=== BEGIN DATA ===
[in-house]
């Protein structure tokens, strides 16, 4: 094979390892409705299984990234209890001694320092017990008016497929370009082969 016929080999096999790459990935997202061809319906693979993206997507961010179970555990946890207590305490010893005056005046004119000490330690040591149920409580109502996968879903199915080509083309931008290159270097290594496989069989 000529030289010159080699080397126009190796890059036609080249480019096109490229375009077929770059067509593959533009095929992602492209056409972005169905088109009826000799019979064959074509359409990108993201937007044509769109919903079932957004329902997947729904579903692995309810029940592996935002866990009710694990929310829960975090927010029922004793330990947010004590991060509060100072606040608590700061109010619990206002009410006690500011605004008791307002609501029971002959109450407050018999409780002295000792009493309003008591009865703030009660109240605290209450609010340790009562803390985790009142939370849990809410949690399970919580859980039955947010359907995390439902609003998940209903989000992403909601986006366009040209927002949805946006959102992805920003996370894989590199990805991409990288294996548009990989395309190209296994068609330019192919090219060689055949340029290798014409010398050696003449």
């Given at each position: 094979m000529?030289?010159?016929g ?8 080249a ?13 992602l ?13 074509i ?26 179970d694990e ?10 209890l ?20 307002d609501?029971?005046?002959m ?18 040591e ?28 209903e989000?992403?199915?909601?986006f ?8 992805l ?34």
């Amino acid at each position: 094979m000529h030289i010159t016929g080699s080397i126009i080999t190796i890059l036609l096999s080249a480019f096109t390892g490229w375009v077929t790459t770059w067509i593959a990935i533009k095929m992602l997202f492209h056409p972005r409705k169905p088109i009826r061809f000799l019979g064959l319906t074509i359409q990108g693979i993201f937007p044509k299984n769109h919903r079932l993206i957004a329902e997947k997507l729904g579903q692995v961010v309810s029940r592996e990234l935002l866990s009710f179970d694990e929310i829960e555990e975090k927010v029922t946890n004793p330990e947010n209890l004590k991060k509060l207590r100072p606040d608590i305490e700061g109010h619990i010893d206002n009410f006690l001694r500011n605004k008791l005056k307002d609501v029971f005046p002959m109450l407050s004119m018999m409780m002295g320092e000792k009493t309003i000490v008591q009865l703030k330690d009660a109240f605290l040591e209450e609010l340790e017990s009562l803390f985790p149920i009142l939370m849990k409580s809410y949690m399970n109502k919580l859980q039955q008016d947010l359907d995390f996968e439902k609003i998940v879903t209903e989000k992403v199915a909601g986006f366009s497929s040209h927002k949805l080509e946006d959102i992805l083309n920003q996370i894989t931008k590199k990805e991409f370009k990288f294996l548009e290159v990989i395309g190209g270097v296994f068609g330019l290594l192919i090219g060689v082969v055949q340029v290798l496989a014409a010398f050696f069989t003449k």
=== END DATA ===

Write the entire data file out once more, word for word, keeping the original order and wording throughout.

[in-house]
């Protein structure tokens, strides 16, 4: 094979390892409705299984990234209890001694320092017990008016497929370009082969 016929080999096999790459990935997202061809319906693979993206997507961010179970555990946890207590305490010893005056005046004119000490330690040591149920409580109502996968879903199915080509083309931008290159270097290594496989069989 000529030289010159080699080397126009190796890059036609080249480019096109490229375009077929770059067509593959533009095929992602492209056409972005169905088109009826000799019979064959074509359409990108993201937007044509769109919903079932957004329902997947729904579903692995309810029940592996935002866990009710694990929310829960975090927010029922004793330990947010004590991060509060100072606040608590700061109010619990206002009410006690500011605004008791307002609501029971002959109450407050018999409780002295000792009493309003008591009865703030009660109240605290209450609010340790009562803390985790009142939370849990809410949690399970919580859980039955947010359907995390439902609003998940209903989000992403909601986006366009040209927002949805946006959102992805920003996370894989590199990805991409990288294996548009990989395309190209296994068609330019192919090219060689055949340029290798014409010398050696003449």
């Given at each position: 094979m000529?030289?010159?016929g ?8 080249a ?13 992602l ?13 074509i ?26 179970d694990e ?10 209890l ?20 307002d609501?029971?005046?002959m ?18 040591e ?28 209903e989000?992403?199915?909601?986006f ?8 992805l ?34």
């Amino acid at each position: 094979m000529h030289i010159t016929g080699s080397i126009i080999t190796i890059l036609l096999s080249a480019f096109t390892g490229w375009v077929t790459t770059w067509i593959a990935i533009k095929m992602l997202f492209h056409p972005r409705k169905p088109i009826r061809f000799l019979g064959l319906t074509i359409q990108g693979i993201f937007p044509k299984n769109h919903r079932l993206i957004a329902e997947k997507l729904g579903q692995v961010v309810s029940r592996e990234l935002l866990s009710f179970d694990e929310i829960e555990e975090k927010v029922t946890n004793p330990e947010n209890l004590k991060k509060l207590r100072p606040d608590i305490e700061g109010h619990i010893d206002n009410f006690l001694r500011n605004k008791l005056k307002d609501v029971f005046p002959m109450l407050s004119m018999m409780m002295g320092e000792k009493t309003i000490v008591q009865l703030k330690d009660a109240f605290l040591e209450e609010l340790e017990s009562l803390f985790p149920i009142l939370m849990k409580s809410y949690m399970n109502k919580l859980q039955q008016d947010l359907d995390f996968e439902k609003i998940v879903t209903e989000k992403v199915a909601g986006f366009s497929s040209h927002k949805l080509e946006d959102i992805l083309n920003q996370i894989t931008k590199k990805e991409f370009k990288f294996l548009e290159v990989i395309g190209g270097v296994f068609g330019l290594l192919i090219g060689v082969v055949q340029v290798l496989a014409a010398f050696f069989t003449k």